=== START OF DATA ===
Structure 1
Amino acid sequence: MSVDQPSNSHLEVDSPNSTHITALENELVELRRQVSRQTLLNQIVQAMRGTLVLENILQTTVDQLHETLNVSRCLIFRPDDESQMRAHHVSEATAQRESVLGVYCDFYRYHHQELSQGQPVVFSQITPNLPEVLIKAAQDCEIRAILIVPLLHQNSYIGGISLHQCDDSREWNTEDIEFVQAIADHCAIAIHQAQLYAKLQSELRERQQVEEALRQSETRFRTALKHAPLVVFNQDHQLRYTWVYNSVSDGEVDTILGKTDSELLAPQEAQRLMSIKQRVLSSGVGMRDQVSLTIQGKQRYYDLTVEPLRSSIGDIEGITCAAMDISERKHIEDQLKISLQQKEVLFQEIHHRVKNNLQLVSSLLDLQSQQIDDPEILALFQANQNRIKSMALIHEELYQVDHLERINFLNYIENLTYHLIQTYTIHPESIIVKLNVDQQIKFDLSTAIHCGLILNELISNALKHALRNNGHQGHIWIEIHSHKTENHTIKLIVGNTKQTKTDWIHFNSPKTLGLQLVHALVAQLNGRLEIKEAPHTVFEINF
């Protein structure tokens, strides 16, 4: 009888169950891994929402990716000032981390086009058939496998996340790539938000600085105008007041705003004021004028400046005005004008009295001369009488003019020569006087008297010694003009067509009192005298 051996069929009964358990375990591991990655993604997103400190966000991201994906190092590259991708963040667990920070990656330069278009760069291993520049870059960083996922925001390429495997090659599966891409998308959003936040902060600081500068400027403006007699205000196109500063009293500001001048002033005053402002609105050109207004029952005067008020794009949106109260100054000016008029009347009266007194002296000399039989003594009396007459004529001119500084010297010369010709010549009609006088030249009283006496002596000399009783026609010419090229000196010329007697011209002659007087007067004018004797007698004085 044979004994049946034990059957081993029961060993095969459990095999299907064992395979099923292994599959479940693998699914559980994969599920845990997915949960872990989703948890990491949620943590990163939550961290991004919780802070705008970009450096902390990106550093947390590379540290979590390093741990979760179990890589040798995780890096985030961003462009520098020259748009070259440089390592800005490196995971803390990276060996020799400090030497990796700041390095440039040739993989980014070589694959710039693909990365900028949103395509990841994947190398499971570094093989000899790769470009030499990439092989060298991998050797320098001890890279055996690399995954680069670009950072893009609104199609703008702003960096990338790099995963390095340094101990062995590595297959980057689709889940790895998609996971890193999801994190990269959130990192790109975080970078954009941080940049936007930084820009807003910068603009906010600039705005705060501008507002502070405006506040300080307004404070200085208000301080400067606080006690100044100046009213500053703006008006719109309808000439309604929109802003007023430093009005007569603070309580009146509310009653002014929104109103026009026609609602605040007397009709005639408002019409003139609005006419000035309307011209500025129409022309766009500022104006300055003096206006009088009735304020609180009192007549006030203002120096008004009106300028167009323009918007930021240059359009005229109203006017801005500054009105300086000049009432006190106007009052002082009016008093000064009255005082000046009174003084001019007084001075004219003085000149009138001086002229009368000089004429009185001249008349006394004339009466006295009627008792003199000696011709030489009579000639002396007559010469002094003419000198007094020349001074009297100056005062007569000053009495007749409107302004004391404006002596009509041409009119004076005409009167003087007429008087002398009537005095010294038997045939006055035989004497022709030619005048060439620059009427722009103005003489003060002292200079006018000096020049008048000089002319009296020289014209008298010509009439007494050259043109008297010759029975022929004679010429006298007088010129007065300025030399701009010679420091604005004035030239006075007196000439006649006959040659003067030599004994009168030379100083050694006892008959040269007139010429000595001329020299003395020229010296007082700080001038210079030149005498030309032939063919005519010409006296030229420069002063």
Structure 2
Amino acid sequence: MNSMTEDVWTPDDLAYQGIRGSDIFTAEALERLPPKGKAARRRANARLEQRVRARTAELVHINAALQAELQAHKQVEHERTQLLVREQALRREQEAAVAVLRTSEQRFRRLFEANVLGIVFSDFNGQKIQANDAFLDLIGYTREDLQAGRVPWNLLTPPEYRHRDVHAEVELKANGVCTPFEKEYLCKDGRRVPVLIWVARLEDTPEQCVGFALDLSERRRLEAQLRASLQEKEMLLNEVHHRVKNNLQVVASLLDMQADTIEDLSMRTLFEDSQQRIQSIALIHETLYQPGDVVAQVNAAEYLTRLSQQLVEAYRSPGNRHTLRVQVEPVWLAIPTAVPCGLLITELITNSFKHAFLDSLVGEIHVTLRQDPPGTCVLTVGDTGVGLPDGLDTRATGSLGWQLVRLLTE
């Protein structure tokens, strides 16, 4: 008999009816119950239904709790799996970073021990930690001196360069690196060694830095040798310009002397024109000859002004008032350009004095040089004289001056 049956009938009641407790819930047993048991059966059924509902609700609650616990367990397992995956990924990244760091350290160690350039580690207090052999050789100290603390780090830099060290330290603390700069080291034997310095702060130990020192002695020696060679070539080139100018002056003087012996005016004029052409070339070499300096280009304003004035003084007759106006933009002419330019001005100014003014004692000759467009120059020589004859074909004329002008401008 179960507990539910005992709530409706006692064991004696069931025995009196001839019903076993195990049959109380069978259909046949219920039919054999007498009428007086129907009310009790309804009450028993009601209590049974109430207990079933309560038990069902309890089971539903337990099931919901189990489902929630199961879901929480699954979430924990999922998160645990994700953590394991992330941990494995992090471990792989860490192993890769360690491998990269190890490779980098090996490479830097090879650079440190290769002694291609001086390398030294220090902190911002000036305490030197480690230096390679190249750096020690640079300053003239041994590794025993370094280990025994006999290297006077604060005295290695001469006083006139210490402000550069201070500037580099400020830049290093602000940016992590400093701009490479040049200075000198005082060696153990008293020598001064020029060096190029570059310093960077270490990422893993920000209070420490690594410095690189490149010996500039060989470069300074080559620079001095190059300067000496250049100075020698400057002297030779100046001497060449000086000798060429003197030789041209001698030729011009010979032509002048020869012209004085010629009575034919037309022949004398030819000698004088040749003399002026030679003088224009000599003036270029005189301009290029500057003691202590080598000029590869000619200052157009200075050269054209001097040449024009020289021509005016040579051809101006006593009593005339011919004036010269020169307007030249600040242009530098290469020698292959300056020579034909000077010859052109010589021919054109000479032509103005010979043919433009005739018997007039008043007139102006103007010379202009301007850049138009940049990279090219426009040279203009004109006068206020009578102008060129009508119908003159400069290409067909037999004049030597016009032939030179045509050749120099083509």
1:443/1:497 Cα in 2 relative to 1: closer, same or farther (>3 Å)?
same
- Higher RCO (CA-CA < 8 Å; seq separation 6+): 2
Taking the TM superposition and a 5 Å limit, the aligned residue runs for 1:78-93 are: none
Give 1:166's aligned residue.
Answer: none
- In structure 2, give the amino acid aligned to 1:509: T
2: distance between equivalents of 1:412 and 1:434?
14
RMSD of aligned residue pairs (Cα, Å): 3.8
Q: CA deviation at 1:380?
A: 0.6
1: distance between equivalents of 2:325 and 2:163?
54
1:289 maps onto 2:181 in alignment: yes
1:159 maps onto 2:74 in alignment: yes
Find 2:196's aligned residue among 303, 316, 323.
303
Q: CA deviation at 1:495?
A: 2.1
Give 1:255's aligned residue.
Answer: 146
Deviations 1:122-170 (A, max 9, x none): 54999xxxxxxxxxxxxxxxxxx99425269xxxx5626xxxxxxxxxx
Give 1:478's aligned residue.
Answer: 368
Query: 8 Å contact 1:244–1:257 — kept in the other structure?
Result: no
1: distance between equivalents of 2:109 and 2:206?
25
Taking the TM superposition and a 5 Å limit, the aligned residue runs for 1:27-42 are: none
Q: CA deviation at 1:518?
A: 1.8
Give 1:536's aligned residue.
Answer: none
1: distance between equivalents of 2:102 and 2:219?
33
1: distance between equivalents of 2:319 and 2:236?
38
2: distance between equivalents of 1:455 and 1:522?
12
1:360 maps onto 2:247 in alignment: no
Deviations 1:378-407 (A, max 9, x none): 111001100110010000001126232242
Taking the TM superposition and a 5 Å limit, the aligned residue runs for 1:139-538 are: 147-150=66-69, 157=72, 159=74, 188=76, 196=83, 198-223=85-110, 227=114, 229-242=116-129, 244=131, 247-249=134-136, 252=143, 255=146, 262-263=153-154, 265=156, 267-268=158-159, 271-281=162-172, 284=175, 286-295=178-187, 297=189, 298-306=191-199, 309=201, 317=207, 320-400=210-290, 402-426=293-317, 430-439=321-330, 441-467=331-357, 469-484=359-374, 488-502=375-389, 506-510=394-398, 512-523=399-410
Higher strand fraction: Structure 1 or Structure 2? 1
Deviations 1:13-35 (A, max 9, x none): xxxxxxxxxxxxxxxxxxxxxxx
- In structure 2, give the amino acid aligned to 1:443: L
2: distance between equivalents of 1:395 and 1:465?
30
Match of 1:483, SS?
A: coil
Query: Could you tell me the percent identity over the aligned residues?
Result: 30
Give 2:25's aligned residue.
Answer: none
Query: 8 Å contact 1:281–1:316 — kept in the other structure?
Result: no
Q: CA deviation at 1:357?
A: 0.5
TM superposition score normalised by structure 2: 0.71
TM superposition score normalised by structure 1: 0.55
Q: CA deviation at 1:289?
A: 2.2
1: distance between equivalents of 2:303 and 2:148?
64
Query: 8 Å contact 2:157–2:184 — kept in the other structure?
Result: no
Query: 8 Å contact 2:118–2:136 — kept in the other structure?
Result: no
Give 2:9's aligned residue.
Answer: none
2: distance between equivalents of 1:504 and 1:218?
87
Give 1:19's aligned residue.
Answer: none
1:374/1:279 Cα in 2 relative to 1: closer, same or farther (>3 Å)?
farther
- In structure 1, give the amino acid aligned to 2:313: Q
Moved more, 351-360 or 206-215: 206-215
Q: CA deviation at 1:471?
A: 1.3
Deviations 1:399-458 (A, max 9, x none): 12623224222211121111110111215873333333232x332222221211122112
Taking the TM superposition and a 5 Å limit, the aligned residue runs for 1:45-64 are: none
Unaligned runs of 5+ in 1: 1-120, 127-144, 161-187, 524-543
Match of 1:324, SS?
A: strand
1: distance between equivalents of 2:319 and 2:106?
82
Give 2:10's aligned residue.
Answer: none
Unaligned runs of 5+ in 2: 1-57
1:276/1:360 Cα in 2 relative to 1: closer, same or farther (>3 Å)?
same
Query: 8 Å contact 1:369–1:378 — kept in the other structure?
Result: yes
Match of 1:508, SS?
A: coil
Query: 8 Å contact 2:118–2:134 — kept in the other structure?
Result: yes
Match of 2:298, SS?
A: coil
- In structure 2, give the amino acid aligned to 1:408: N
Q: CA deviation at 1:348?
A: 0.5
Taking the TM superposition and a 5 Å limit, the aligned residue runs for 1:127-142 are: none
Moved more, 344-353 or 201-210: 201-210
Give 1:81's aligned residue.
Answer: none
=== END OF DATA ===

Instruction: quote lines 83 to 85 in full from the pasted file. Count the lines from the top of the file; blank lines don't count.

- In structure 1, give the amino acid aligned to 2:313: Q
Moved more, 351-360 or 206-215: 206-215
Q: CA deviation at 1:471?